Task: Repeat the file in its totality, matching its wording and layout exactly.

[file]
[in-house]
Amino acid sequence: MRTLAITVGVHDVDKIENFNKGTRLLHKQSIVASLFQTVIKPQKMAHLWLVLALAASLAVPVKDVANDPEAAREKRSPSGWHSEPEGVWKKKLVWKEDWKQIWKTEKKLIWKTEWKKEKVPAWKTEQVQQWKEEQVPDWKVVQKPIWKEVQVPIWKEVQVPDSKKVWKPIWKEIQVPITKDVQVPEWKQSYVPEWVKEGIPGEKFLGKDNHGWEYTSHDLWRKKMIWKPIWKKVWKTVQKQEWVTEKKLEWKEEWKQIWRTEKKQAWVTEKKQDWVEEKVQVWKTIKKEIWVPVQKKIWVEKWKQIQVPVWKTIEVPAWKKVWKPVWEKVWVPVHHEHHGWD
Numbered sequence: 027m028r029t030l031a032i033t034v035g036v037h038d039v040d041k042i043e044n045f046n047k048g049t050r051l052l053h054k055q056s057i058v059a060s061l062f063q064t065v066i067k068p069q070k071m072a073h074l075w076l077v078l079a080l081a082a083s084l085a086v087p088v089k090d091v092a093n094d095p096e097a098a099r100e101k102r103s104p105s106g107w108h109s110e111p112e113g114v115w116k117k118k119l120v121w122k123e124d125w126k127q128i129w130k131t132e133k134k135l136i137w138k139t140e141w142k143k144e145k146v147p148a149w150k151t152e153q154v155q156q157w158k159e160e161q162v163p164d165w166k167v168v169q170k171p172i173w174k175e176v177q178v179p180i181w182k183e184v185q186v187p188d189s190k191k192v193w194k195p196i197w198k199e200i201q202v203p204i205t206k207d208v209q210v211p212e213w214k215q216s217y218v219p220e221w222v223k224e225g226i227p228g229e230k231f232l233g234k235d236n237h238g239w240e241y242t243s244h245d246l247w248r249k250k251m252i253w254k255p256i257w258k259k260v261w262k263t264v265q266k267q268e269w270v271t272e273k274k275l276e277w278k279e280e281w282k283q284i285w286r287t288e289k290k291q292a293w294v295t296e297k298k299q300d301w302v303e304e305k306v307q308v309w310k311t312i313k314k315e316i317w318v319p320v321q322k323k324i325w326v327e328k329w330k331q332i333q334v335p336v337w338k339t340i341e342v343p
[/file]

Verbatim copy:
[in-house]
Amino acid sequence: MRTLAITVGVHDVDKIENFNKGTRLLHKQSIVASLFQTVIKPQKMAHLWLVLALAASLAVPVKDVANDPEAAREKRSPSGWHSEPEGVWKKKLVWKEDWKQIWKTEKKLIWKTEWKKEKVPAWKTEQVQQWKEEQVPDWKVVQKPIWKEVQVPIWKEVQVPDSKKVWKPIWKEIQVPITKDVQVPEWKQSYVPEWVKEGIPGEKFLGKDNHGWEYTSHDLWRKKMIWKPIWKKVWKTVQKQEWVTEKKLEWKEEWKQIWRTEKKQAWVTEKKQDWVEEKVQVWKTIKKEIWVPVQKKIWVEKWKQIQVPVWKTIEVPAWKKVWKPVWEKVWVPVHHEHHGWD
Numbered sequence: 027m028r029t030l031a032i033t034v035g036v037h038d039v040d041k042i043e044n045f046n047k048g049t050r051l052l053h054k055q056s057i058v059a060s061l062f063q064t065v066i067k068p069q070k071m072a073h074l075w076l077v078l079a080l081a082a083s084l085a086v087p088v089k090d091v092a093n094d095p096e097a098a099r100e101k102r103s104p105s106g107w108h109s110e111p112e113g114v115w116k117k118k119l120v121w122k123e124d125w126k127q128i129w130k131t132e133k134k135l136i137w138k139t140e141w142k143k144e145k146v147p148a149w150k151t152e153q154v155q156q157w158k159e160e161q162v163p164d165w166k167v168v169q170k171p172i173w174k175e176v177q178v179p180i181w182k183e184v185q186v187p188d189s190k191k192v193w194k195p196i197w198k199e200i201q202v203p204i205t206k207d208v209q210v211p212e213w214k215q216s217y218v219p220e221w222v223k224e225g226i227p228g229e230k231f232l233g234k235d236n237h238g239w240e241y242t243s244h245d246l247w248r249k250k251m252i253w254k255p256i257w258k259k260v261w262k263t264v265q266k267q268e269w270v271t272e273k274k275l276e277w278k279e280e281w282k283q284i285w286r287t288e289k290k291q292a293w294v295t296e297k298k299q300d301w302v303e304e305k306v307q308v309w310k311t312i313k314k315e316i317w318v319p320v321q322k323k324i325w326v327e328k329w330k331q332i333q334v335p336v337w338k339t340i341e342v343p